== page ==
Dentist Jay Friedman of the University of California at Los Angeles wrote in same American Journal of Public Health that approximately 67% of wisdom teeth removals are excessive. There is a train of thought that many dentists have turned wisdom teeth removal into a gold mine of unnecessary oral surgery. So where does the truth lie? Read on to find out.
To answer the question of whether removal of wisdom teeth is necessary, we must first answer why we do it in the first place. Unfortunately, dentists are like mechanics in that we really have no choice but to trust them. Wisdom teeth may need removal for any number of reasons like inflamed gums, cavities, or potential jaw damage. Perhaps your wisdoms will eventually grow into their tooth next to them. The ugly truth is, if you have a scurrilous dentist, he will be able to come up with reasons why they should be removed. That’s why it’s key to have real trust in who’s giving you oral advice.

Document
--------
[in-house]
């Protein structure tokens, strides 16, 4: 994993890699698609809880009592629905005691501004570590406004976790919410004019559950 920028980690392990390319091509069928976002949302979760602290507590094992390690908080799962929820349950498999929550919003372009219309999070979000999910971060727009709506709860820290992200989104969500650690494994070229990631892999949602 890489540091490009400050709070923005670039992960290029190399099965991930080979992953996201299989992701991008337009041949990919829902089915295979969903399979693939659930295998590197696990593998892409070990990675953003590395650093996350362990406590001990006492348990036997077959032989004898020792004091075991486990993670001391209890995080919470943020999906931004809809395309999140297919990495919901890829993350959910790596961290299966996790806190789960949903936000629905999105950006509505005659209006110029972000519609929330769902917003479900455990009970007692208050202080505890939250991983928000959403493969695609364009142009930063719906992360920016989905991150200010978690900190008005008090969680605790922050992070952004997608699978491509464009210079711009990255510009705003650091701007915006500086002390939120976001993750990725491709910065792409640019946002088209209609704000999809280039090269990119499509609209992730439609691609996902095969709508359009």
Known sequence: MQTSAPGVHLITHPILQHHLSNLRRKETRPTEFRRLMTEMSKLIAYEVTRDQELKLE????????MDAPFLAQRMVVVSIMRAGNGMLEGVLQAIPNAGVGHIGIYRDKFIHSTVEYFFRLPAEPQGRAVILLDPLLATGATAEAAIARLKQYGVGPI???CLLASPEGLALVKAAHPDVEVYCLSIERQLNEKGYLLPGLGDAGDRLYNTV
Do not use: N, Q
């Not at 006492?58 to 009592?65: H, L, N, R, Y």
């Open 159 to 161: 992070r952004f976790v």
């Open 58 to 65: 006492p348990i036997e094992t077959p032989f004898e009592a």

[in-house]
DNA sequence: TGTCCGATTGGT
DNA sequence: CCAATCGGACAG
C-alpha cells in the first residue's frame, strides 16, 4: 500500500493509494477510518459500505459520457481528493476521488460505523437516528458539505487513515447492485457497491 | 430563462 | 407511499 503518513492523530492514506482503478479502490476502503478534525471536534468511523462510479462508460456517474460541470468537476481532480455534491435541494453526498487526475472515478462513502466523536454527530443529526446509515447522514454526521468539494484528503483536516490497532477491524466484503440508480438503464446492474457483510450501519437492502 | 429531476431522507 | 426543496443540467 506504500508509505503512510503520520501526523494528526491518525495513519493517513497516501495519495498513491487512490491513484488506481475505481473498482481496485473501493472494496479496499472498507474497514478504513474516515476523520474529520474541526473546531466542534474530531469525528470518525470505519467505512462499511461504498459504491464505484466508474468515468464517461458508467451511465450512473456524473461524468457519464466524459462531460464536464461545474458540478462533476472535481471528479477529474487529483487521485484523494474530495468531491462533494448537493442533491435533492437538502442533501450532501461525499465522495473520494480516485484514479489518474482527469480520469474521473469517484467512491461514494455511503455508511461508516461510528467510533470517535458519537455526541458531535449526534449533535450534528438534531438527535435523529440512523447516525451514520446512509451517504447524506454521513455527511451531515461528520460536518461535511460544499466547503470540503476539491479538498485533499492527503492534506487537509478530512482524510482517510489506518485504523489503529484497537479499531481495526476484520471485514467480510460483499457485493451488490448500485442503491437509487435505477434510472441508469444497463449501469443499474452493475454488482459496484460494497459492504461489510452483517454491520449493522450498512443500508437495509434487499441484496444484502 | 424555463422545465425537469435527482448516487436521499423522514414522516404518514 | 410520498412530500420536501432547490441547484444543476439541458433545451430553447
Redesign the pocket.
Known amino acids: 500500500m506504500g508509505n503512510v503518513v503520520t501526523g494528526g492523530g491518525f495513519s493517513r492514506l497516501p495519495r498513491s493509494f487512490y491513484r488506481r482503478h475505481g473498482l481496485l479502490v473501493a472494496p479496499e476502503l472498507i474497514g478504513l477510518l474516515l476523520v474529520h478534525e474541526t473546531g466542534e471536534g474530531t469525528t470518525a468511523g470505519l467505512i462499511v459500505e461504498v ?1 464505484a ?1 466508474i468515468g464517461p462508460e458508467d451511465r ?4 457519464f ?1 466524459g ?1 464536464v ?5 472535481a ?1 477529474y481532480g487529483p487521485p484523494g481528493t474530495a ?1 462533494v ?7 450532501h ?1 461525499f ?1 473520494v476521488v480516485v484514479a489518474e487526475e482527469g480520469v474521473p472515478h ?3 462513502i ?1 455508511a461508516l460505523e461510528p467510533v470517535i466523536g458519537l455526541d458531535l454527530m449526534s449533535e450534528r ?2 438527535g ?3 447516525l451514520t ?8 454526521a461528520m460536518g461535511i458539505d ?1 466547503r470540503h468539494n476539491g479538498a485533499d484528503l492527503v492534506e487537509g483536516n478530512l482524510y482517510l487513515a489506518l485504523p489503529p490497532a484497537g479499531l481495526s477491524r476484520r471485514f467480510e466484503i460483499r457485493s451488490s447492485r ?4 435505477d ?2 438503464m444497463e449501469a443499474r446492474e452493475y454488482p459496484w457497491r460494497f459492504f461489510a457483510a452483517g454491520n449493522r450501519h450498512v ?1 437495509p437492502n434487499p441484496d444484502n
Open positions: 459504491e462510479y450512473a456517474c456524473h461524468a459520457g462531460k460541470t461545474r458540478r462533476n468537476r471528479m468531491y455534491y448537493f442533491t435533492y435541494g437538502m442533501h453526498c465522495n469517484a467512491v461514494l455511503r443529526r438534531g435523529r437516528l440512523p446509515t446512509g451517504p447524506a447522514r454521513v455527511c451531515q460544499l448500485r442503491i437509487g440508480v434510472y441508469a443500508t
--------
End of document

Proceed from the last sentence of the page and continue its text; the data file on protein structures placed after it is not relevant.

While removal of wisdom teeth is considered non-invasive surgery, that doesn’t mean there aren’t complications from time to time. According to the Journal of the Canadian Dental Association the complication rate is between 7 and 10 percent. By complications, they mean, swelling, hemorrhaging, periodontal damage, fracturing of adjacent teeth or mandible and infection of the sinus. A few of these are significant problems and in rare cases, permanent. One tragic story ended in the death of a teenage girl during oral surgery. That is beyond rare and the dentist responsible is currently in litigation. However, that doesn’t mean oral surgery should be taken lightly.
While the evidence does weigh heavily in favor of many wisdom tooth removals being unnecessary, that doesn’t mean that all are. The British National Health Service tells its citizens that wisdom teeth don’t need to be removed, even if they’re impacted as long as the teeth aren’t causing pain. Ultimately faith in your dentist to do the right thing for your mouth and not his wallet is the crux of the debate. If you suspect your dentist doesn’t have your health as his or her number-one priority get a second opinion. If you are located near Orlando, don’t hesitate to make an appointment with the Rizzo Dental Group, where you can relax knowing the Rizzo team has your best interests at heart. More